Can A Bankruptcy Or Consumer Proposal Help With My Student Loan Debt?

Federal and provincial student loans have enjoyed a special status over the years. The answer to the question of what debt solutions are available to you in the case of student loan debt, is not a simple one depending on the length of time you have been out of school.

There is a significant amount of case law on the matter, with varying results. and Ultimately, you should always speak to a Licensed Insolvency Trustee to get the facts about your individual situation.

To try and put it in simple terms, if you have ceased to be a student for more than 7 years, your student loans can be released in a bankruptcy or Consumer Proposal.

Where it becomes more complicated, is when you have not been out of school for 7 years. How can student loans be dealt with if you are experiencing financial difficulty and are unable to pay them?

It is important to understand that when you file a bankruptcy or proposal, all creditors are prohibited from taking action or collecting from you until the Trustee closes your file. What this means is that although student loans cannot be released if you have not been out of school for 7 years, they cannot collect from you during your bankruptcy or proposal proceeding. This can give you the breathing space that you need to effectively manage your student loans once your bankruptcy or proposal is finished.

For many people, student loans are not their only debt. Depending on what percentage of your debt is a government student loan, you may get different advice on how you might be able to best deal with it.

For example, if your total debt is $50,000.00, but only $10,000.00 of that debt is from government student loans, it may benefit you to file a bankruptcy or proposal in order to get the majority of the debt released, giving you the ability to pay the student loans once the bankruptcy or proposal is completed.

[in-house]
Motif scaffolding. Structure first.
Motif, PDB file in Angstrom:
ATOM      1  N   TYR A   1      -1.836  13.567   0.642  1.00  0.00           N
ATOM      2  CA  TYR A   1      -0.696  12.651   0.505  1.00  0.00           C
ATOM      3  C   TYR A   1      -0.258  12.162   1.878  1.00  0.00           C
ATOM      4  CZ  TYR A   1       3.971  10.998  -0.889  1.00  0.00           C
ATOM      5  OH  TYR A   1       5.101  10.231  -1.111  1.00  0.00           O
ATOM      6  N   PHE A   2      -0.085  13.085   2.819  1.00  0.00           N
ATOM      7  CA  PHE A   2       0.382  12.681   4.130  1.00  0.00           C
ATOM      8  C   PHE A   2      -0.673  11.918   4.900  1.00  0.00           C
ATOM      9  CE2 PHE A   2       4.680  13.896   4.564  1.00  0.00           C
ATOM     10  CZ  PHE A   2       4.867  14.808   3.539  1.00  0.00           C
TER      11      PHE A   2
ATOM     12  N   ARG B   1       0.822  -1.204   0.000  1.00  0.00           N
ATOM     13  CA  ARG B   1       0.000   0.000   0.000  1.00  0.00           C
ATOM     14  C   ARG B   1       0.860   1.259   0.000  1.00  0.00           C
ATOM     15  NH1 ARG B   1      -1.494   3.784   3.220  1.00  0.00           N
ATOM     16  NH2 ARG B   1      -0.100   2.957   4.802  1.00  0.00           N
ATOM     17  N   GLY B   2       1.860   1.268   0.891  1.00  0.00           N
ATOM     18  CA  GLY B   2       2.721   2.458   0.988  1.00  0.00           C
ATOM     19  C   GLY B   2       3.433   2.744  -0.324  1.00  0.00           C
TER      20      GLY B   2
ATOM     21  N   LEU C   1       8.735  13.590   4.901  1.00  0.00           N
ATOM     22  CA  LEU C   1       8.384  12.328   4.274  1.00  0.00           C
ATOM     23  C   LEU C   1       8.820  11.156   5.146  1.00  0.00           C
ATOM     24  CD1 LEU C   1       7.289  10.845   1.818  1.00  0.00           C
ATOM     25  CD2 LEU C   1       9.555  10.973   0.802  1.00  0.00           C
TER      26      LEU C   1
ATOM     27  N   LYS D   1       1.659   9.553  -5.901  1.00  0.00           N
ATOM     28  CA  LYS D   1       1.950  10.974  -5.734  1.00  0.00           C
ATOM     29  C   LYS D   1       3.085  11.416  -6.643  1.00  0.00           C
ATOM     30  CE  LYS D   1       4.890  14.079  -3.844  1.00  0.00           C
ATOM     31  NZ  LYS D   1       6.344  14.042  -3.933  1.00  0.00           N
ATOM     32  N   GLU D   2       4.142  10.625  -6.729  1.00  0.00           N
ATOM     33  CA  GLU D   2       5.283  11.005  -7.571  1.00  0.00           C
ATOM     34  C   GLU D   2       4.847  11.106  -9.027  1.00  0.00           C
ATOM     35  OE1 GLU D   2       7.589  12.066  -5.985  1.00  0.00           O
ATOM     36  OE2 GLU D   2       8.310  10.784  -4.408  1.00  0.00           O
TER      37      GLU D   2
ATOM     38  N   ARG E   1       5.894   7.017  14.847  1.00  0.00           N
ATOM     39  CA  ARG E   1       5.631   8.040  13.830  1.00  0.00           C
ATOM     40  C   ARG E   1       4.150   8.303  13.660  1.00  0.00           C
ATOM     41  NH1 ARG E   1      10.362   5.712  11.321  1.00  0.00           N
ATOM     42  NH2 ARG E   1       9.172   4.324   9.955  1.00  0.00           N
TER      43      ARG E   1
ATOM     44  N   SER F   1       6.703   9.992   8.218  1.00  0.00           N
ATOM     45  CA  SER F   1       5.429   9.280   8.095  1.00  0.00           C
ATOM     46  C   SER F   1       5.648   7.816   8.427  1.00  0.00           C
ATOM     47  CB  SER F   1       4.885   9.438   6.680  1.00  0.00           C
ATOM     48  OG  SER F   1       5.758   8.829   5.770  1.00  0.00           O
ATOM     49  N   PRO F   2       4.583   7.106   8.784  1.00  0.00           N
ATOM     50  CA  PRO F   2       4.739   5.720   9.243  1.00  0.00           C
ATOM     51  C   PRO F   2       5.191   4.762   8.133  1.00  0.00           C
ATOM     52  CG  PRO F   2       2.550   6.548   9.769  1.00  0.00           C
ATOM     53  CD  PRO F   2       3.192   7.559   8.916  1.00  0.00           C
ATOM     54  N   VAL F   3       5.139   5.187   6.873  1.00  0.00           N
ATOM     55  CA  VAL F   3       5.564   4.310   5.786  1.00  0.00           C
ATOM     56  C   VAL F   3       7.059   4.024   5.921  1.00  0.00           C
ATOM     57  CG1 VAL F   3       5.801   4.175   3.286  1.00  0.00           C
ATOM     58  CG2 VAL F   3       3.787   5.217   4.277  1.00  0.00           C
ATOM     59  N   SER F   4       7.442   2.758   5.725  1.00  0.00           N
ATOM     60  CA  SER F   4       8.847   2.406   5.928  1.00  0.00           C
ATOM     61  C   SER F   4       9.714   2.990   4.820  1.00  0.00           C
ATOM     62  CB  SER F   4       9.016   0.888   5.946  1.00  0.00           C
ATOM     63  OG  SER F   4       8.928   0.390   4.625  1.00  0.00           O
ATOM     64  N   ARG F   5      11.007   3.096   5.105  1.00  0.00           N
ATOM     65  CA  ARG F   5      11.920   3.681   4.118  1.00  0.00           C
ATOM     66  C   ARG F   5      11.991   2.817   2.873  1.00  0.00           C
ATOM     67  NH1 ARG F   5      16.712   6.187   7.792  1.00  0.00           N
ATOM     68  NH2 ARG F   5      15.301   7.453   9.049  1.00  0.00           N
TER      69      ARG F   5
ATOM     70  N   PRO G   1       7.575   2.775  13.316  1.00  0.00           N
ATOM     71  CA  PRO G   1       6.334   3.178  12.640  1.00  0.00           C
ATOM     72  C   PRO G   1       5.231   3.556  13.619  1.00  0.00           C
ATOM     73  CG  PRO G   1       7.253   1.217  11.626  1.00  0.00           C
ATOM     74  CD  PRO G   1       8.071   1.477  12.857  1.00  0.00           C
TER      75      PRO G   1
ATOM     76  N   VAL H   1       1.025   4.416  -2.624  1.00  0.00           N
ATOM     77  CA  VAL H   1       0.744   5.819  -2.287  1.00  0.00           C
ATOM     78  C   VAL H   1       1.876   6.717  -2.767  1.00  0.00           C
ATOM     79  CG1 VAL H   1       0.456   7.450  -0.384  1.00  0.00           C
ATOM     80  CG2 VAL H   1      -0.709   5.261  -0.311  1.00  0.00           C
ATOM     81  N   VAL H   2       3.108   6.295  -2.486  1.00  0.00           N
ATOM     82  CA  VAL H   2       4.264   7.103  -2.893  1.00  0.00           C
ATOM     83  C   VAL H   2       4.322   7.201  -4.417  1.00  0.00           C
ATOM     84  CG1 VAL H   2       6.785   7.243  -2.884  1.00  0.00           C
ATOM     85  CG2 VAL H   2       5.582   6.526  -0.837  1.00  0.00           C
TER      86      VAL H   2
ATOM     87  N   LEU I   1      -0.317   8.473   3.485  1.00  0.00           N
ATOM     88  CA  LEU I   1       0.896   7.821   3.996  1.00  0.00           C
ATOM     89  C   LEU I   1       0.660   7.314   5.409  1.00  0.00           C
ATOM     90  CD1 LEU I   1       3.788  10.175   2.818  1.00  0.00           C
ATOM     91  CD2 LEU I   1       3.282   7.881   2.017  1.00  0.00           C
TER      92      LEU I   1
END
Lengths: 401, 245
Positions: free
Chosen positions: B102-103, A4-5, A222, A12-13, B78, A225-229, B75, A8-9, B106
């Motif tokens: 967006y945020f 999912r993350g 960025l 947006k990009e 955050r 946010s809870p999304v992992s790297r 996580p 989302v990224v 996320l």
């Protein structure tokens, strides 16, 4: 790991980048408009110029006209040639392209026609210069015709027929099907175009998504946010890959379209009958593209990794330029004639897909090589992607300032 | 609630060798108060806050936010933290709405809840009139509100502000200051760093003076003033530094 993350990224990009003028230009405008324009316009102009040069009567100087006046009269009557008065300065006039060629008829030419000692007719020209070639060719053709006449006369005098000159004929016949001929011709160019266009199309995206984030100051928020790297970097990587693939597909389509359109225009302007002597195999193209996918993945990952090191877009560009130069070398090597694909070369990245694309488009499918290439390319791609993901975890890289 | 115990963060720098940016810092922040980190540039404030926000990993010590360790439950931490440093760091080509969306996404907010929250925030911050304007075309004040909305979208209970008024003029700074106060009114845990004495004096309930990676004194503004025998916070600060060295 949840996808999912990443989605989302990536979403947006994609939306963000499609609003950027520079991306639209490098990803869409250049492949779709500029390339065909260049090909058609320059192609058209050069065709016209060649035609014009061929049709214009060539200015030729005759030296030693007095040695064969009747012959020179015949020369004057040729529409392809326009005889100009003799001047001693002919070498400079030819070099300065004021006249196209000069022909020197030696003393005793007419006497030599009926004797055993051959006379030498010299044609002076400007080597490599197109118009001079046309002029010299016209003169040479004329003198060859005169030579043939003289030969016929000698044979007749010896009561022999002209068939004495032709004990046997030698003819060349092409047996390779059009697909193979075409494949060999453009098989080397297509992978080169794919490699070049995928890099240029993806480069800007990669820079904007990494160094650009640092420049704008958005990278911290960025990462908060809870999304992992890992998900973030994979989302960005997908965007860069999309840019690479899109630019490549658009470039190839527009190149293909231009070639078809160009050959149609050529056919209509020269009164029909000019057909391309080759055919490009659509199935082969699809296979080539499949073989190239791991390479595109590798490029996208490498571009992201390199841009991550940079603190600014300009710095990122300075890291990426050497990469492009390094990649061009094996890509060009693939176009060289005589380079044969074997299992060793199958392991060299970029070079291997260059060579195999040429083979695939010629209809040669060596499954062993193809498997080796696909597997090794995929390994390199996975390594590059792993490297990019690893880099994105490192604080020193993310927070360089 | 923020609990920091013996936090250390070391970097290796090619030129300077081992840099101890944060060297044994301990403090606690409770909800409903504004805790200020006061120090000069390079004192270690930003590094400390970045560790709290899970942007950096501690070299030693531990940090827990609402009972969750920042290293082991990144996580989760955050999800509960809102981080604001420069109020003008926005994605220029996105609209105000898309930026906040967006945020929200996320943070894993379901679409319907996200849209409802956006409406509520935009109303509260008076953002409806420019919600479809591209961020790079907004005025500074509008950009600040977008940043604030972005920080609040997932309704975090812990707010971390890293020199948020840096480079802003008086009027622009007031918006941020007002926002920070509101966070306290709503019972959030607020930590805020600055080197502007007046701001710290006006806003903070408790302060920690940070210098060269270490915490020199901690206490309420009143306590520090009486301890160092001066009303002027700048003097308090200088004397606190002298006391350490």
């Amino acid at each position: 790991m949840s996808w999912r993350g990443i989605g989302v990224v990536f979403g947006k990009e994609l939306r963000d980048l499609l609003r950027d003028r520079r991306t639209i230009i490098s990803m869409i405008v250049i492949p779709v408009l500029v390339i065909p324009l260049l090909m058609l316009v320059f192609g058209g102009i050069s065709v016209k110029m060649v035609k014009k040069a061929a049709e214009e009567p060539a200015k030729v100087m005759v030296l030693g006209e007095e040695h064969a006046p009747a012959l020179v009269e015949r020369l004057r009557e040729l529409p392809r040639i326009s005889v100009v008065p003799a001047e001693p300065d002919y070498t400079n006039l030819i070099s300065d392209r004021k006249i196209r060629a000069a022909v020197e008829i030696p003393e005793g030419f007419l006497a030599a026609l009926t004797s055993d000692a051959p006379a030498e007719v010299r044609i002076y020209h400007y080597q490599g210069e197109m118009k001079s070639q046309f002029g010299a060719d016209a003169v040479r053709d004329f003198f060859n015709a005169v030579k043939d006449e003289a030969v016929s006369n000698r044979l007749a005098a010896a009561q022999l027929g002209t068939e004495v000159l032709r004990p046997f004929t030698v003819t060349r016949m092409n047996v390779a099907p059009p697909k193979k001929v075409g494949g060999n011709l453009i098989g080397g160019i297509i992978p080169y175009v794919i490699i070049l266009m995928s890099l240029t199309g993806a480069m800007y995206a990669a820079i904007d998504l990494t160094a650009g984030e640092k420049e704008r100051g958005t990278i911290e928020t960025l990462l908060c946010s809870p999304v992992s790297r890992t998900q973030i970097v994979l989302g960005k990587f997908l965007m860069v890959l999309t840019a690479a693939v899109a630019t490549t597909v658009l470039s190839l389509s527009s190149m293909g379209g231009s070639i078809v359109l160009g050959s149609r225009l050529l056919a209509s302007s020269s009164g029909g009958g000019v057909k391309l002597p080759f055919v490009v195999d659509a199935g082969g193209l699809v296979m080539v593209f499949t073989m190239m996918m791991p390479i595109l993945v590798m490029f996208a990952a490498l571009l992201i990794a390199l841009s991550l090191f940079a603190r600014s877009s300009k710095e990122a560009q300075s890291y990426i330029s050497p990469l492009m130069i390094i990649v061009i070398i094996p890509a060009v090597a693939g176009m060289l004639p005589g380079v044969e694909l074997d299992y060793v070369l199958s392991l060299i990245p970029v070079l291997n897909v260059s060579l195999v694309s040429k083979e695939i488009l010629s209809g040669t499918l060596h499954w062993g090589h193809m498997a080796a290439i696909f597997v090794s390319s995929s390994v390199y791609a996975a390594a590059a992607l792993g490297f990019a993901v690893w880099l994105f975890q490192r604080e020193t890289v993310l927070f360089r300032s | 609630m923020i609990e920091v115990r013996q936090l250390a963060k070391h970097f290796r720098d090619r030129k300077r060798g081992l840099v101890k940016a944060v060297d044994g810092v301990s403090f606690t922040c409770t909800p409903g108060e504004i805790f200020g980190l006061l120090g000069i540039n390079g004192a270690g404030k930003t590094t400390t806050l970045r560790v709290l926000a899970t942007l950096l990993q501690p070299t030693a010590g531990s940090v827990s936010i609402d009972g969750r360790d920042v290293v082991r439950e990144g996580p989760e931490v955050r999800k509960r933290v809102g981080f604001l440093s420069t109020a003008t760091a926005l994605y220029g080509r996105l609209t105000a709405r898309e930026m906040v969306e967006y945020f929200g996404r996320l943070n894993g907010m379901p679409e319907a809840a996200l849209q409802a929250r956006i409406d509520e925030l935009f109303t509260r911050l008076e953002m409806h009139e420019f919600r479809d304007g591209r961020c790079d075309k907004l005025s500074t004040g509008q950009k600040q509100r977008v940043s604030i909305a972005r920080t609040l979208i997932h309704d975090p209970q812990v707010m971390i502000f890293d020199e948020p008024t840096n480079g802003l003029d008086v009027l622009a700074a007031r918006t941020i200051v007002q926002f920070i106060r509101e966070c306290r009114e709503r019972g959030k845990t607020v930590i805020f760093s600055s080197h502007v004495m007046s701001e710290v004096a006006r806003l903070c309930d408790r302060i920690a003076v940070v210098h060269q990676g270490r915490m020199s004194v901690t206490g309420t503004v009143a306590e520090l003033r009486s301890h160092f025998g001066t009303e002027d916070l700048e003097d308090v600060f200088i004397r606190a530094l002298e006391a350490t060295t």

The downside to this strategy is that if you do not make your student loan payments during your bankruptcy or proposal, you will be in default of the student loan. This makes it difficult to qualify for the many programs that government student loans have to help you manage your student loan debt.

Alternatively, you can file your bankruptcy or proposal to deal with the non-student loan debt and make arrangements with the government regarding your student loans to continue making payments on that debt only. This will save you from being in default and allow you to qualify for some of their many programs such as interest relief. Please check the student loan website to find out more about student loan programs that can help provide you with some financial relief.

Although technically student loans cannot take action against you during your bankruptcy or proposal, if you have the ability to make payments to them during that time, it will be beneficial because you will not end up in default at the end. The bankruptcy and Insolvency Act also provides for possible release of student loans for people who have not been out of school for 7 years, but are experiencing financial difficulty to the extent that they will never be able to pay the debt.

This section applies if you have been out of school for 5 years, have filed a bankruptcy or proposal, and all of your other debt has been released.

For example, if you finished your schooling 6 years ago and during the interim, you filed a bankruptcy and were discharged or you completed a consumer proposal and you are still experiencing financial difficulty, you can make an application to the court to have the student loans released due to financial hardship even though it has not yet been 7 years since you ceased to be a student.

This is a good option for those who filed a bankruptcy or proposal to release most of their debt but who still have student loans owing and will never be able to pay them.

We know that student loans can be a complex issue. For some people, it is difficult to tell when the clock starts because they may have gone to school with the help of student loans, completed those studies more than 7 years ago, but then returned to school years later without receiving student loan funding for the return to school period. The question then arises, does the 7 years start only for the schooling that was funded by student loans or does the clock start after the end of the second schooling that was not funded by student loans? Legislation is unclear and there is a lot of discussion and case law surrounding this issue. It is important to always keep in mind, that these rules apply to government funded or guaranteed loans, not bank loans that you obtained in order to complete your education. If you went to your bank and applied for a loan to pay for your schooling, that loan is just a regular loan that will be able to be dealt with in a bankruptcy or a proposal.

Navigating through student loan debt and gaining a full understanding of what qualifies and how when it comes to debt solutions, can be overwhelming. Contact your local MNP advisor for a free, no-obligation consultation where you can assess your individual situation and decide on a debt solution which is compliant with legislation, while meeting your unique personal financial needs.